The bike lobby has tried to sound like it is not "anti-car". Fine. But let's be realistic about the parking issue. If the public really wants public parking then let them pay for parking on private land. Just not on the streets please.
A case of a road is a road, not a parking station!
Comments seem to be all about parking.
I agree. A possible way forward would be through Resident Parking Schemes combined with car share cars. Apparently one car share car replaces 10 (or 12?) residents' cars, (City of Sydney figures).
Should I assume that everyone agrees with me about bidirectional cycleways?
Great effort Bill.
I agree with your points regarding bidi paths, but I wonder if they should be grouped (even if some of the points need duplication under different headings).
For example, in my opinion one critical issue with bidis is both pedestrians and motorists not looking both ways when crossing them. You mention this under the heading "pedestrians", but perhaps these dangers should also be highlighted under the heading "bidirectional cycleways".
Perhaps under each heading add some pros and cons?
And if I was to add anything more, one thing I'd suggest some demarcation is necessary so that motorists coming down a side street are actually aware they are about to cross a bidi (or otherwise) cycle path. Right now on Bourke Street anyone new to the area would have no clue. I wrote to CoS about this when the paths were first established, suggesting the paths be green across cross streets - they responded that was against RMS guidelines...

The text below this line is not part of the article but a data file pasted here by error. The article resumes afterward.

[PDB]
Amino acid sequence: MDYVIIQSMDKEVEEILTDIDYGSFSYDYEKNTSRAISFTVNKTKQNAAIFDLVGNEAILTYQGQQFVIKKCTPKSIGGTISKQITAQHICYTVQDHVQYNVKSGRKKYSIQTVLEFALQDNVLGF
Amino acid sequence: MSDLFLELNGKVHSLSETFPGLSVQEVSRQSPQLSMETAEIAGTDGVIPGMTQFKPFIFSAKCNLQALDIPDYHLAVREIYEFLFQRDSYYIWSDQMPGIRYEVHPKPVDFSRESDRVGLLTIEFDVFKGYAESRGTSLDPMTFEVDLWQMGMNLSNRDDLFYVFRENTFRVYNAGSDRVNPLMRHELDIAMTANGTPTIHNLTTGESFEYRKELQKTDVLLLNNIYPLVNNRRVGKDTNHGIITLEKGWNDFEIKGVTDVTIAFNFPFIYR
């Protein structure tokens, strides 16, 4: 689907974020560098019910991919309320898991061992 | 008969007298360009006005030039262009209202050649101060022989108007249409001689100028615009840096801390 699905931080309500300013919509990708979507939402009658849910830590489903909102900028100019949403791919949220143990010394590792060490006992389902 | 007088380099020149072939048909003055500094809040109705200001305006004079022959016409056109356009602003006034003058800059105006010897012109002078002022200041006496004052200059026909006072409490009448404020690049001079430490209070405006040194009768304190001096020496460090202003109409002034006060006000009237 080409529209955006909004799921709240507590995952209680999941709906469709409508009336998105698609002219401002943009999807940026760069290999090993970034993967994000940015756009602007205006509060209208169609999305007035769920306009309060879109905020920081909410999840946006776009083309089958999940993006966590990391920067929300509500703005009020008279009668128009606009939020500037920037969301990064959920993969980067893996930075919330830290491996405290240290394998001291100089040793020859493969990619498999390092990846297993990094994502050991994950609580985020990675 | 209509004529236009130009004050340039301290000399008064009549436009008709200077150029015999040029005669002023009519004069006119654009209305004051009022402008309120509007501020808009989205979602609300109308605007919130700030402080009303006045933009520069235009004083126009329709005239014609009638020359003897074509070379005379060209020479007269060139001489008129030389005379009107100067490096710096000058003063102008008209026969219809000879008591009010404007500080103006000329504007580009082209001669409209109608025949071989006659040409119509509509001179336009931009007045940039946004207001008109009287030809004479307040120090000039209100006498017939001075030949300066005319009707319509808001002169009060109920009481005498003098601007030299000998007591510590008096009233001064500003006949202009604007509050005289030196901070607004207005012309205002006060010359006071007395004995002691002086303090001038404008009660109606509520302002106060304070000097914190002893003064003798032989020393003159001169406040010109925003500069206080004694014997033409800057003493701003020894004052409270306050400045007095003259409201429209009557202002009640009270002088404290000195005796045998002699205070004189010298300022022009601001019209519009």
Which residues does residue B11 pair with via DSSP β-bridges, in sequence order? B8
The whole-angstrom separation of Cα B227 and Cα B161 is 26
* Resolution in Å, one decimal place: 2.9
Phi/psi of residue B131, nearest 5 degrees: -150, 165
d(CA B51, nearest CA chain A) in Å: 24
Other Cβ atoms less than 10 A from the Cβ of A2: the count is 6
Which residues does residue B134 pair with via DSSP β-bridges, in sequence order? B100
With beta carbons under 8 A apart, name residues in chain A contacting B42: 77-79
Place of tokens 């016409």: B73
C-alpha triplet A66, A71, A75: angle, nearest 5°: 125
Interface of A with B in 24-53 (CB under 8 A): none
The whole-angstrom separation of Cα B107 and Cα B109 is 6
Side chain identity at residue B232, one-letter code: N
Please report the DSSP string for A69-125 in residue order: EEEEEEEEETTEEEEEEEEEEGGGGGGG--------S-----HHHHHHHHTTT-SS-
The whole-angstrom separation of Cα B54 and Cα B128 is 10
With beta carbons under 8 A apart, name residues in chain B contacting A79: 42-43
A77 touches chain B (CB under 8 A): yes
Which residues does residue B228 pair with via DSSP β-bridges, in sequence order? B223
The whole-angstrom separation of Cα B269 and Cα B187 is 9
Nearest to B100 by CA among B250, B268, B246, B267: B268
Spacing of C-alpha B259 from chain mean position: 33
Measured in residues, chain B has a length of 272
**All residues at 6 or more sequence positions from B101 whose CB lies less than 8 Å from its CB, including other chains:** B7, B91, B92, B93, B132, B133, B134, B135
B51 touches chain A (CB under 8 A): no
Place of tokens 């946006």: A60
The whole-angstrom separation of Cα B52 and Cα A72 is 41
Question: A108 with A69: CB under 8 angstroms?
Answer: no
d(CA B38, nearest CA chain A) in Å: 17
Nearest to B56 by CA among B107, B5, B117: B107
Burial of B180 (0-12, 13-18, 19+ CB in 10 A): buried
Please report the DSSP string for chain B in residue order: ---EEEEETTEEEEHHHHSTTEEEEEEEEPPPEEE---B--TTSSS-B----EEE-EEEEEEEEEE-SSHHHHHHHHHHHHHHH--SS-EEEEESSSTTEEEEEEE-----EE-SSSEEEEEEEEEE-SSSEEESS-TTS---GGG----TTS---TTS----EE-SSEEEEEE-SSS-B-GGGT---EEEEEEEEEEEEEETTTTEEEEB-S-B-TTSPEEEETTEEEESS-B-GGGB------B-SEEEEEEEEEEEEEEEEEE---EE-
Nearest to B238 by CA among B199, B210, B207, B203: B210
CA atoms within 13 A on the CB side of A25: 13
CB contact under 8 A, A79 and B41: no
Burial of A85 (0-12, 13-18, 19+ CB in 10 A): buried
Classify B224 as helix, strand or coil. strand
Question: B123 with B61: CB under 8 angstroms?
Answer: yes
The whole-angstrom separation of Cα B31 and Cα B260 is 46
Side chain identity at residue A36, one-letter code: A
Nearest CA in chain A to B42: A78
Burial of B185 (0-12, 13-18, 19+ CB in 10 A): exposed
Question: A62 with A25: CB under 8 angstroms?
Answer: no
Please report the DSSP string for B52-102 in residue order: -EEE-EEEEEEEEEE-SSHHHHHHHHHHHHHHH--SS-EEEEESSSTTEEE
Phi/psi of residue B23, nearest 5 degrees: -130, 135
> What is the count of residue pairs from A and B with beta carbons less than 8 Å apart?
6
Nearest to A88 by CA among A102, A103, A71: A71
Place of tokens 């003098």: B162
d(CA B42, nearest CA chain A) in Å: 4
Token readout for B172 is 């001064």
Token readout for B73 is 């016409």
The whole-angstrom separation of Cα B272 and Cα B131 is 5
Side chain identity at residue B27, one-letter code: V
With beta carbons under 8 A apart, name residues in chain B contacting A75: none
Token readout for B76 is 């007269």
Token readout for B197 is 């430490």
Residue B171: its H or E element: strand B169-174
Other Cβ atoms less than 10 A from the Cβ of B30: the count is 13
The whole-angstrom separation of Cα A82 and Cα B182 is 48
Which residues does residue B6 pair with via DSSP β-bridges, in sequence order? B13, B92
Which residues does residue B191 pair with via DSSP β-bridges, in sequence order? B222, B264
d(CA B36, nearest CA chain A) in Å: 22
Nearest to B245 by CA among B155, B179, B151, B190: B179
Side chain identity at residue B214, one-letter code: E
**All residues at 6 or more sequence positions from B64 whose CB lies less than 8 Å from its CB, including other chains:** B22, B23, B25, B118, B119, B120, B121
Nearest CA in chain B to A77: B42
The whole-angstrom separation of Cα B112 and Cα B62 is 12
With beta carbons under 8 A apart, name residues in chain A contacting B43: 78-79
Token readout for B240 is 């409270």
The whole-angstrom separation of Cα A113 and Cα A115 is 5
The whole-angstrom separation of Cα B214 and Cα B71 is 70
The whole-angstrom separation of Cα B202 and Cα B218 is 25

There is plenty of green on Bourke St across Devonshire St!
(Amazing- Check it on Google Streetview)
also on George St at Wellington, so it can be done.
George St bi Di seems to be wider than others, and feels ok to ride on. But probably could have had bike lanes on both sides of the road instead if George St is actually wider than 12.8 m.
Ah yes, I guess 2 out of 100 is not bad :)
I am not a fan of bi-dis. Useful for stretches where you need to move cyclists on one side, but only for that exceptional application.
As for parking, I hate resident parking schemes because they promote entitlement to what is a shared resource. Better to share by way of car share, as suggested, and metering. In turn, meter revenue can be used for infrastructure.
Well written comments I applaud you for taking the time to provide coherent feedback to COS.
I definitely agree that bidirectional cycleways in the manner which are implemented in Sydney are horrible. You've spelled out many of the key reasons but from what I've observed many cyclists don't realise how bad they are compared to good infrastructure. (Sure they are probably better than nothing, but given their cost it seems a crazy approach.)
One nitpik though:
In Melbourne, cyclists comprise 17% of peak hour trips (2016) in wider, single direction cycleways and peak hour cyclists now fight each other for space. ( Herald Sun).
I wouldn't use that tabloid piece as evidence. Cyclists 'fighting' each other is just inflammatory. Also there are probably only a few spots in Melbourne where cyclists can't cross an intersection on the first light change. So you would hardly call that cycle congestion.
I agree with you about bi-directional cycleways (bi-di's).